Measurement of High-Power Devices
The VNA output ports are capable of sustaining a pre-defined output power level as provided in the datasheet of the manufacturer. Exceeding the power ratings of the VNA ports can lead to incorrect measurement and even cause damage to the VNA. The high input power requirement of the Device under Test (DUT) introduces challenges to the measurement, such as overheating and calibration. Moreover, different measurement techniques, such as load-pull analysis and noise figure measurement require higher input power than the maximum output power of the VNA. Therefore, a booster amplifier is required to boost the input power of the DUT. Then, due to the high reverse isolation of the amplifier, the forward reflection measurement is not possible. To overcome the limitations, Copper Mountain Technologies (CMT) offers the 814/1, Cobalt C2209, Cobalt C2409, Cobalt C2220, and Cobalt C2420 models with Direct Receiver Access (DRA) capability to the reference and measurement receivers. The DRA capability enables the accurate forward reflection coefficient measurement when using a booster amplifier. This application note describes the measurement setup for measuring the s-parameters of the high-power devices with DRA to the reference and the measurement receivers.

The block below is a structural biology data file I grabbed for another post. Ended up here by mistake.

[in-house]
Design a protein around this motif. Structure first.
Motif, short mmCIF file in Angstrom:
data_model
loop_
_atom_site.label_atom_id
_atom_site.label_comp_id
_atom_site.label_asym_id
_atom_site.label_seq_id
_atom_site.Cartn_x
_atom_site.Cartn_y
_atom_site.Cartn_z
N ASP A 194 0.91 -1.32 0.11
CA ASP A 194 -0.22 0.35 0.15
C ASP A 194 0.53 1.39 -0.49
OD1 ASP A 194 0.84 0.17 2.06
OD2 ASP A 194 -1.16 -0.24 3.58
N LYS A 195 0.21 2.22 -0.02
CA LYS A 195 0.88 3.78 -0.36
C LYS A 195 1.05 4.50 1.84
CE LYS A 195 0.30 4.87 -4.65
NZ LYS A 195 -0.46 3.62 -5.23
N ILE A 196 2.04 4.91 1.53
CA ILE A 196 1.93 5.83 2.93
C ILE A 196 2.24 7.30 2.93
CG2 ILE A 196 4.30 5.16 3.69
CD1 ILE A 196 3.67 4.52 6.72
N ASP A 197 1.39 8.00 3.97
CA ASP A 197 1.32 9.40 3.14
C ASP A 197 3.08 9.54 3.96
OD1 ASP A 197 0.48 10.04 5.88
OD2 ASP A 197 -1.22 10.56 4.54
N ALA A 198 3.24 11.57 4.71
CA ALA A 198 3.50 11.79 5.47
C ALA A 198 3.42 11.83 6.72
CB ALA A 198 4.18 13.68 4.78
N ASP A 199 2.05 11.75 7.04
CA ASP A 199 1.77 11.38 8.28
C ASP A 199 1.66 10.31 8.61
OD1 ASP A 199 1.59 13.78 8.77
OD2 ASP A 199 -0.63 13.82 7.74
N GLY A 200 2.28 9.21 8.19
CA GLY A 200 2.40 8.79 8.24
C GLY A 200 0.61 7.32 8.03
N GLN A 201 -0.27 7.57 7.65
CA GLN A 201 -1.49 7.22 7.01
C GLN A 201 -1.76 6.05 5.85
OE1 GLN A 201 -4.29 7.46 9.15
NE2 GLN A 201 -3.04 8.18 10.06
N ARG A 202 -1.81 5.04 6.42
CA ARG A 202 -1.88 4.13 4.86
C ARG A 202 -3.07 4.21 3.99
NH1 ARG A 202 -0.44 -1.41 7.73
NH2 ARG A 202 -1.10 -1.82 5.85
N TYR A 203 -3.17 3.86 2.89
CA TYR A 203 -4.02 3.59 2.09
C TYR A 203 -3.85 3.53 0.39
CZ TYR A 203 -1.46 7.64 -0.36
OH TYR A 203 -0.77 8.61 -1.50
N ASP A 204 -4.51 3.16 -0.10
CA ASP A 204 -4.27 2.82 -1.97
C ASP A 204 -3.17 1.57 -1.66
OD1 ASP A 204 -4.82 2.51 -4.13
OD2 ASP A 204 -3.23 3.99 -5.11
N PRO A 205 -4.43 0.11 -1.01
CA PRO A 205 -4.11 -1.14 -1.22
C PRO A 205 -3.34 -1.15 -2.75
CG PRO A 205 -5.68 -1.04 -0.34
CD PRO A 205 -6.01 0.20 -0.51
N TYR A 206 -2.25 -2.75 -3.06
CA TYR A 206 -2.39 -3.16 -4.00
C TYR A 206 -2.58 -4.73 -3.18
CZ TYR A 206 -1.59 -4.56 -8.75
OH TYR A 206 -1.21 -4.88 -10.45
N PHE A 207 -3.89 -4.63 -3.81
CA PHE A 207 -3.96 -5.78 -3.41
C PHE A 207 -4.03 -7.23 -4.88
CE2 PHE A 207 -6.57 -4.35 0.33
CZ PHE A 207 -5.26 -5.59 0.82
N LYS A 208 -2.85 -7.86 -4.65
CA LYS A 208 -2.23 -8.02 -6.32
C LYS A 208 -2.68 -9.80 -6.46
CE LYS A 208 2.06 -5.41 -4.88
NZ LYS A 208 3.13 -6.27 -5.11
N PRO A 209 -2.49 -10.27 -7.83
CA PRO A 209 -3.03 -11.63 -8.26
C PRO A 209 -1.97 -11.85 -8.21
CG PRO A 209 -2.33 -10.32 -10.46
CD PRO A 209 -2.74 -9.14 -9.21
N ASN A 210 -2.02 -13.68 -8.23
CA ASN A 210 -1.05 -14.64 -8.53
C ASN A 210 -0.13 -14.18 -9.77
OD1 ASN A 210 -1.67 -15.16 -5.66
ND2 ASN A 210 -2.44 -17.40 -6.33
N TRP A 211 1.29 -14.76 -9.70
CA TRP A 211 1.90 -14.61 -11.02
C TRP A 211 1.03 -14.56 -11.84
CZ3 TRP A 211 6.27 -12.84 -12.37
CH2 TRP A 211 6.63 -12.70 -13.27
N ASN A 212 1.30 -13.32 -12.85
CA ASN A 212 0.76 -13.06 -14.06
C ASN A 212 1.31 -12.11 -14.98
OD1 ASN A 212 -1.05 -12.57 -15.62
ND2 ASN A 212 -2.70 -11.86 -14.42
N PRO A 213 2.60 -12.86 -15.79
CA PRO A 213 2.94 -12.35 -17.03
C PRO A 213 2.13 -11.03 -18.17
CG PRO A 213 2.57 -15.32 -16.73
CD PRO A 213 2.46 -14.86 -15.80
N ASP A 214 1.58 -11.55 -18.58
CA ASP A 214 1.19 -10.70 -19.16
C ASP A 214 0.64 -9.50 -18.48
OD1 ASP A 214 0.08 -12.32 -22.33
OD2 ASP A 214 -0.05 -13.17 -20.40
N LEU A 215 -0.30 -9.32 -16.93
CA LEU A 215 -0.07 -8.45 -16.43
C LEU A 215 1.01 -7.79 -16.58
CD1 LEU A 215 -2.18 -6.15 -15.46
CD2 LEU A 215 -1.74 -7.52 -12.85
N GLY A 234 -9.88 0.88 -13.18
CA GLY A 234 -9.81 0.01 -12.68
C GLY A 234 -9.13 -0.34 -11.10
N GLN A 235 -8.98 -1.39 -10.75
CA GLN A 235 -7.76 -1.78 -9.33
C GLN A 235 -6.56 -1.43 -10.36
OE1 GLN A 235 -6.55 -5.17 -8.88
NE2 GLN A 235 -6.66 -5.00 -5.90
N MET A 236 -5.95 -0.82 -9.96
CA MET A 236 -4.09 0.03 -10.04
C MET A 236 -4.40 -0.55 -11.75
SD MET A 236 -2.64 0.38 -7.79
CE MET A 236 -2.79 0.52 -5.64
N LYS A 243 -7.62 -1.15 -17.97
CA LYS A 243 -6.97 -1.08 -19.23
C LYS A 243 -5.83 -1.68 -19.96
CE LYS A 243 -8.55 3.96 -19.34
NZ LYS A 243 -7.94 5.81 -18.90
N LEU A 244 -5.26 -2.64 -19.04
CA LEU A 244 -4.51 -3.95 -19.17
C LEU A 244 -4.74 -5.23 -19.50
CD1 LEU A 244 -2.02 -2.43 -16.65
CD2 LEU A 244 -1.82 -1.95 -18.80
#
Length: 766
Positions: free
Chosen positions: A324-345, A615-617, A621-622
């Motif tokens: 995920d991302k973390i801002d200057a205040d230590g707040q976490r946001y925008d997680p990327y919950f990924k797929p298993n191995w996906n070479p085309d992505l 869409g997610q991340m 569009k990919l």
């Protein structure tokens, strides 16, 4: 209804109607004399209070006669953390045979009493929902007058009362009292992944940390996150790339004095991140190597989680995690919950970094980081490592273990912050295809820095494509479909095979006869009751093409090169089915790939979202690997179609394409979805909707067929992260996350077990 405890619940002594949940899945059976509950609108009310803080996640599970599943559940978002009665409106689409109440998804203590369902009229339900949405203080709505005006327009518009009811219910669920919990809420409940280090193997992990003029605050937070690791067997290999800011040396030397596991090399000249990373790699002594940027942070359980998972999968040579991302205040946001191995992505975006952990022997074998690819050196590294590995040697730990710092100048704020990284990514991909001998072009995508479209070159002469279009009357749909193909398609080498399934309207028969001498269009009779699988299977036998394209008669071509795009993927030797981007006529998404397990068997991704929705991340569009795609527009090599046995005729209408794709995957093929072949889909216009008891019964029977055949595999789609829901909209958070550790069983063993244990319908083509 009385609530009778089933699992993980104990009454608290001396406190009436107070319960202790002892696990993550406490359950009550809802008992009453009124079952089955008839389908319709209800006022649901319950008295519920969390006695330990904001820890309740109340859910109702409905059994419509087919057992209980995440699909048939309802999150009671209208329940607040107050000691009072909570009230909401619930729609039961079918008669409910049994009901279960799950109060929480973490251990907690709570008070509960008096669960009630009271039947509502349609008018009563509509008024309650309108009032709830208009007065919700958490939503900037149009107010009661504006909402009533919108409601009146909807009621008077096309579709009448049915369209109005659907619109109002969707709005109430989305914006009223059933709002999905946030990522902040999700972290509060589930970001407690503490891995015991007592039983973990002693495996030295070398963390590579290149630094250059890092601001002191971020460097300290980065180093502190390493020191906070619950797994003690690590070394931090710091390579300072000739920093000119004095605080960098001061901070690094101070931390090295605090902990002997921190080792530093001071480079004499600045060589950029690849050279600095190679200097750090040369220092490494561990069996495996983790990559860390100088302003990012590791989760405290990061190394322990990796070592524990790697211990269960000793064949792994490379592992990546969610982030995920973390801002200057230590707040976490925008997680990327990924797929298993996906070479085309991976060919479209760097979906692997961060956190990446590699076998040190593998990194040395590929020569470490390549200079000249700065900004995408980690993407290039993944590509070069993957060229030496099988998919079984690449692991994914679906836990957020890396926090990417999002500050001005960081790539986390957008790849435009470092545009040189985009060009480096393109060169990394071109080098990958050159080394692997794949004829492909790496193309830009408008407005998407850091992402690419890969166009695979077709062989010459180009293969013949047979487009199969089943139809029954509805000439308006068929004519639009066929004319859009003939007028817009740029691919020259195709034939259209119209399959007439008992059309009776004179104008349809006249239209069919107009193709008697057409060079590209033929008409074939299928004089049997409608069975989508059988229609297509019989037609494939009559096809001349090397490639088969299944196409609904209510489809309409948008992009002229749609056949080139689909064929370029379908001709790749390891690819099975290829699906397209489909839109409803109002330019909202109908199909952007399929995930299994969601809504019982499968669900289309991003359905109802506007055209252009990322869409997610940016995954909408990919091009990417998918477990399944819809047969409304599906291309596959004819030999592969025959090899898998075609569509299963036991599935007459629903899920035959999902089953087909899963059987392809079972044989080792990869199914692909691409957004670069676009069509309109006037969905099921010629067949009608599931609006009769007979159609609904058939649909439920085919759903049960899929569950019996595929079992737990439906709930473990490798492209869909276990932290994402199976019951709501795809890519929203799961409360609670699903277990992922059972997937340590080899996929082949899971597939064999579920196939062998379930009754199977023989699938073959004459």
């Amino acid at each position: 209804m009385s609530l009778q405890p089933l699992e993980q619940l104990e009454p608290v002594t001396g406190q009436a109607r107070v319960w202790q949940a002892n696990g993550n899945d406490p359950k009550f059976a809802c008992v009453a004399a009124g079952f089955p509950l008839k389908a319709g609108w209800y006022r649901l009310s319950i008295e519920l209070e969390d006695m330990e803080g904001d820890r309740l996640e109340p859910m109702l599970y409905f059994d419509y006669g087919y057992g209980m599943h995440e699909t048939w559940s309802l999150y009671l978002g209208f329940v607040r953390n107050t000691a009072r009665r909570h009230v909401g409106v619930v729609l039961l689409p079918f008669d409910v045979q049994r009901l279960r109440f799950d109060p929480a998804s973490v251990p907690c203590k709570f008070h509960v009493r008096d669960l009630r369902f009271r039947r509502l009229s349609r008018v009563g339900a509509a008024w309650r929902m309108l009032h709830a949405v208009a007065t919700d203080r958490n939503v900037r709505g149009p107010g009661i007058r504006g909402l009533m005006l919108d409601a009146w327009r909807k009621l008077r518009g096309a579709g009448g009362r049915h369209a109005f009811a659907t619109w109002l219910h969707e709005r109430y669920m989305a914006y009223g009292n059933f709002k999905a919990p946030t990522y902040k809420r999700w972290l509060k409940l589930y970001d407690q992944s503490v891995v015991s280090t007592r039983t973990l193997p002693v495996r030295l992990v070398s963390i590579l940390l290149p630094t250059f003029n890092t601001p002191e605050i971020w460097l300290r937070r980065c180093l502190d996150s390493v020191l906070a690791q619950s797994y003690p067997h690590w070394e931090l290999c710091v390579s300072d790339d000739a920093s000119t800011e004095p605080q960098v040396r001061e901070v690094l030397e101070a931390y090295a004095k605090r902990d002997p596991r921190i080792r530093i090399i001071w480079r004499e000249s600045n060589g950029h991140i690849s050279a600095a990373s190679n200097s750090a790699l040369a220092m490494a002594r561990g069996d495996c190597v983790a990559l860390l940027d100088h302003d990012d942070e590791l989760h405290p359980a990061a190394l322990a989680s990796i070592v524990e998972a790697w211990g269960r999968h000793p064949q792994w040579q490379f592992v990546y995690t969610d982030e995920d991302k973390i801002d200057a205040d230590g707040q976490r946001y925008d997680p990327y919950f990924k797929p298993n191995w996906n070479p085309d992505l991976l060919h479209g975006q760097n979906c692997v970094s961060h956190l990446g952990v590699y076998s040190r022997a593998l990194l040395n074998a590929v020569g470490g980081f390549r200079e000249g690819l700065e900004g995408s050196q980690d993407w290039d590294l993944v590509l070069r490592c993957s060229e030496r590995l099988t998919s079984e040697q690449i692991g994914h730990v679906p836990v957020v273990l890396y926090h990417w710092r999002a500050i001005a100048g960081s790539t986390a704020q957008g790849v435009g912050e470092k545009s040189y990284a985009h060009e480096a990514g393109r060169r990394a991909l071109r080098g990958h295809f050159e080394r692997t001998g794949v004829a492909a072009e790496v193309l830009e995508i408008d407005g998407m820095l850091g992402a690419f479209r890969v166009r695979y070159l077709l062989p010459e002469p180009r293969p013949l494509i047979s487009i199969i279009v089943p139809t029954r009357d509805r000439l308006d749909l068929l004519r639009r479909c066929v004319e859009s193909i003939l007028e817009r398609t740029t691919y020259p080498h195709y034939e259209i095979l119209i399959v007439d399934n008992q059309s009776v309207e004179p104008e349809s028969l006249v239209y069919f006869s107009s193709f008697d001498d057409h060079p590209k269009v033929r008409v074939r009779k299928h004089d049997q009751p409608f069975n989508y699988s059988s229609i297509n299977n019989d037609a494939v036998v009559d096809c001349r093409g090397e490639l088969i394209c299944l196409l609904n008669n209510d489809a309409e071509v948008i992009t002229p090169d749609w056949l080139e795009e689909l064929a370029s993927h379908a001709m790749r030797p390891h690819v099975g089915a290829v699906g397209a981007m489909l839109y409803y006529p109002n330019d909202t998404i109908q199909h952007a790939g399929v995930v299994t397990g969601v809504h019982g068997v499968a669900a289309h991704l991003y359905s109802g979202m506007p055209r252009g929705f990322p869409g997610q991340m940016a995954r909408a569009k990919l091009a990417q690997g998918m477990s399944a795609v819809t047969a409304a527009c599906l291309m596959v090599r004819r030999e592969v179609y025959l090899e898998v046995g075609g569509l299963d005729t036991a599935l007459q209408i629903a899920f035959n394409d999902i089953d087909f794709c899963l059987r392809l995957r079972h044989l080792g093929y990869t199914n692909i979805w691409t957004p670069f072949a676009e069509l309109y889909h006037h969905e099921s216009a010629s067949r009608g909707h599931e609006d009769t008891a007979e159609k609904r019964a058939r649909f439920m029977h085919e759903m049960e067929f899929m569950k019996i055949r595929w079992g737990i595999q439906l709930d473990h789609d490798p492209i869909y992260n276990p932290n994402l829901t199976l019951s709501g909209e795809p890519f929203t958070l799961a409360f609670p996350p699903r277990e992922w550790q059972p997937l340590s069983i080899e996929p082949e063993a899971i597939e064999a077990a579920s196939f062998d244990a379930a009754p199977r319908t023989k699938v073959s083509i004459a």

Requirements for Direct Receiver Access measurement
The traditional 2-port measurement setup introduces several challenges in calibration and measurement when the DUT requires a booster amplifier to provide the required input power. In traditional setup, the DUT is placed between the two ports of the VNA and the reference plane is defined at the two ports of the DUT by calibrating out the effect of all the cables connecting the DUT to the VNA. However, with the addition of a booster amplifier between the VNA port and DUT input port, the calibration plane shifts from the input of the DUT to the input of the booster amplifier. The high reverse isolation of the amplifier impedes the reference plane to be shifted to the input of the DUT as shown in Figure 1.
Figure 1: The measured reference plane vs. the desired reference plane with traditional setup.
The booster amplifier is then included in the s-parameter measurement of the DUT. The effect of booster amplifier can be nullified by adding attenuator with a magnitude equal to the gain of booster amplifier for the transmission s-parameters (S21). However, the forward reflection measurement (S11) is not possible in this setup due to the shifting of reference plane from the input of the DUT to the input of the booster amplifier.